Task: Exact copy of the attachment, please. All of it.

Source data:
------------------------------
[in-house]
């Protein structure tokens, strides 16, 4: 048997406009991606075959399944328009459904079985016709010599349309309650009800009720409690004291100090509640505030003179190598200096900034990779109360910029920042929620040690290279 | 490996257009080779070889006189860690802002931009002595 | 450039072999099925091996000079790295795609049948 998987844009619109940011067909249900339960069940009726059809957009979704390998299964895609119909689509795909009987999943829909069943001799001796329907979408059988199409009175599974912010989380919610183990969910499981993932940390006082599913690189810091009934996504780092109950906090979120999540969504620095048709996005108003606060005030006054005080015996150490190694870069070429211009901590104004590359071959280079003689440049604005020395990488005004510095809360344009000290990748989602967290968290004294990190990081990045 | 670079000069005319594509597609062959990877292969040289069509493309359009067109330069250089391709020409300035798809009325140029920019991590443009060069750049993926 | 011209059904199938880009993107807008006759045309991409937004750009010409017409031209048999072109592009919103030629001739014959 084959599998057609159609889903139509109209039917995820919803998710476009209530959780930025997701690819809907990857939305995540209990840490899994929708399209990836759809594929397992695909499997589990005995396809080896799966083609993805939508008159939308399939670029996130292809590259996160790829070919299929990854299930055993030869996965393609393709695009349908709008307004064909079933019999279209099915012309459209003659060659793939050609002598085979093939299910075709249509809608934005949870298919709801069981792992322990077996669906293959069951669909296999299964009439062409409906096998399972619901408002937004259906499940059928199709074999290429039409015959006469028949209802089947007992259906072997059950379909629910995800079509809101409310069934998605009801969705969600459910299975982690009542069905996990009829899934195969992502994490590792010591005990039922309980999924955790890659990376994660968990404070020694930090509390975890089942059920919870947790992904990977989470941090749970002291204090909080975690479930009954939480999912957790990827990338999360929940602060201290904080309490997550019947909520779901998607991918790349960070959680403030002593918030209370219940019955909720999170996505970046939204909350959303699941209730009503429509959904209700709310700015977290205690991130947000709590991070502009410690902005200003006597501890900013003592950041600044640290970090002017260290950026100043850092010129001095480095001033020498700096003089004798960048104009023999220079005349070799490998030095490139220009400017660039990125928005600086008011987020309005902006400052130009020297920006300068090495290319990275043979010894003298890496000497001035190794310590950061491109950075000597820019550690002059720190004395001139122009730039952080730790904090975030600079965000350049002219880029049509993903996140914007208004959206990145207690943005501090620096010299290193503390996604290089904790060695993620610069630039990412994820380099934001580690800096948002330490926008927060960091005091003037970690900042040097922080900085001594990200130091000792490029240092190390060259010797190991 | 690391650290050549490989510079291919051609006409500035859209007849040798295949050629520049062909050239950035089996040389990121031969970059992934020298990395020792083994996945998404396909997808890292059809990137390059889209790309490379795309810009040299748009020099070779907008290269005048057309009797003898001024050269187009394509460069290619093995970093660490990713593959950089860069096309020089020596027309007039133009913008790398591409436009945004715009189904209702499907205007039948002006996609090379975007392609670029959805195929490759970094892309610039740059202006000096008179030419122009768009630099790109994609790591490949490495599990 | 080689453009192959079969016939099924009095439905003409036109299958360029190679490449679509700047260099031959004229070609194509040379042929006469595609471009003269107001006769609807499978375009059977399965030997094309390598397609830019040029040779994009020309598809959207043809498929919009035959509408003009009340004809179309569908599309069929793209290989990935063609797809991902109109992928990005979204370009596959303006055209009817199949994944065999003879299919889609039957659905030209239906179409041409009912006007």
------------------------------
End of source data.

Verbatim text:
[in-house]
């Protein structure tokens, strides 16, 4: 048997406009991606075959399944328009459904079985016709010599349309309650009800009720409690004291100090509640505030003179190598200096900034990779109360910029920042929620040690290279 | 490996257009080779070889006189860690802002931009002595 | 450039072999099925091996000079790295795609049948 998987844009619109940011067909249900339960069940009726059809957009979704390998299964895609119909689509795909009987999943829909069943001799001796329907979408059988199409009175599974912010989380919610183990969910499981993932940390006082599913690189810091009934996504780092109950906090979120999540969504620095048709996005108003606060005030006054005080015996150490190694870069070429211009901590104004590359071959280079003689440049604005020395990488005004510095809360344009000290990748989602967290968290004294990190990081990045 | 670079000069005319594509597609062959990877292969040289069509493309359009067109330069250089391709020409300035798809009325140029920019991590443009060069750049993926 | 011209059904199938880009993107807008006759045309991409937004750009010409017409031209048999072109592009919103030629001739014959 084959599998057609159609889903139509109209039917995820919803998710476009209530959780930025997701690819809907990857939305995540209990840490899994929708399209990836759809594929397992695909499997589990005995396809080896799966083609993805939508008159939308399939670029996130292809590259996160790829070919299929990854299930055993030869996965393609393709695009349908709008307004064909079933019999279209099915012309459209003659060659793939050609002598085979093939299910075709249509809608934005949870298919709801069981792992322990077996669906293959069951669909296999299964009439062409409906096998399972619901408002937004259906499940059928199709074999290429039409015959006469028949209802089947007992259906072997059950379909629910995800079509809101409310069934998605009801969705969600459910299975982690009542069905996990009829899934195969992502994490590792010591005990039922309980999924955790890659990376994660968990404070020694930090509390975890089942059920919870947790992904990977989470941090749970002291204090909080975690479930009954939480999912957790990827990338999360929940602060201290904080309490997550019947909520779901998607991918790349960070959680403030002593918030209370219940019955909720999170996505970046939204909350959303699941209730009503429509959904209700709310700015977290205690991130947000709590991070502009410690902005200003006597501890900013003592950041600044640290970090002017260290950026100043850092010129001095480095001033020498700096003089004798960048104009023999220079005349070799490998030095490139220009400017660039990125928005600086008011987020309005902006400052130009020297920006300068090495290319990275043979010894003298890496000497001035190794310590950061491109950075000597820019550690002059720190004395001139122009730039952080730790904090975030600079965000350049002219880029049509993903996140914007208004959206990145207690943005501090620096010299290193503390996604290089904790060695993620610069630039990412994820380099934001580690800096948002330490926008927060960091005091003037970690900042040097922080900085001594990200130091000792490029240092190390060259010797190991 | 690391650290050549490989510079291919051609006409500035859209007849040798295949050629520049062909050239950035089996040389990121031969970059992934020298990395020792083994996945998404396909997808890292059809990137390059889209790309490379795309810009040299748009020099070779907008290269005048057309009797003898001024050269187009394509460069290619093995970093660490990713593959950089860069096309020089020596027309007039133009913008790398591409436009945004715009189904209702499907205007039948002006996609090379975007392609670029959805195929490759970094892309610039740059202006000096008179030419122009768009630099790109994609790591490949490495599990 | 080689453009192959079969016939099924009095439905003409036109299958360029190679490449679509700047260099031959004229070609194509040379042929006469595609471009003269107001006769609807499978375009059977399965030997094309390598397609830019040029040779994009020309598809959207043809498929919009035959509408003009009340004809179309569908599309069929793209290989990935063609797809991902109109992928990005979204370009596959303006055209009817199949994944065999003879299919889609039957659905030209239906179409041409009912006007």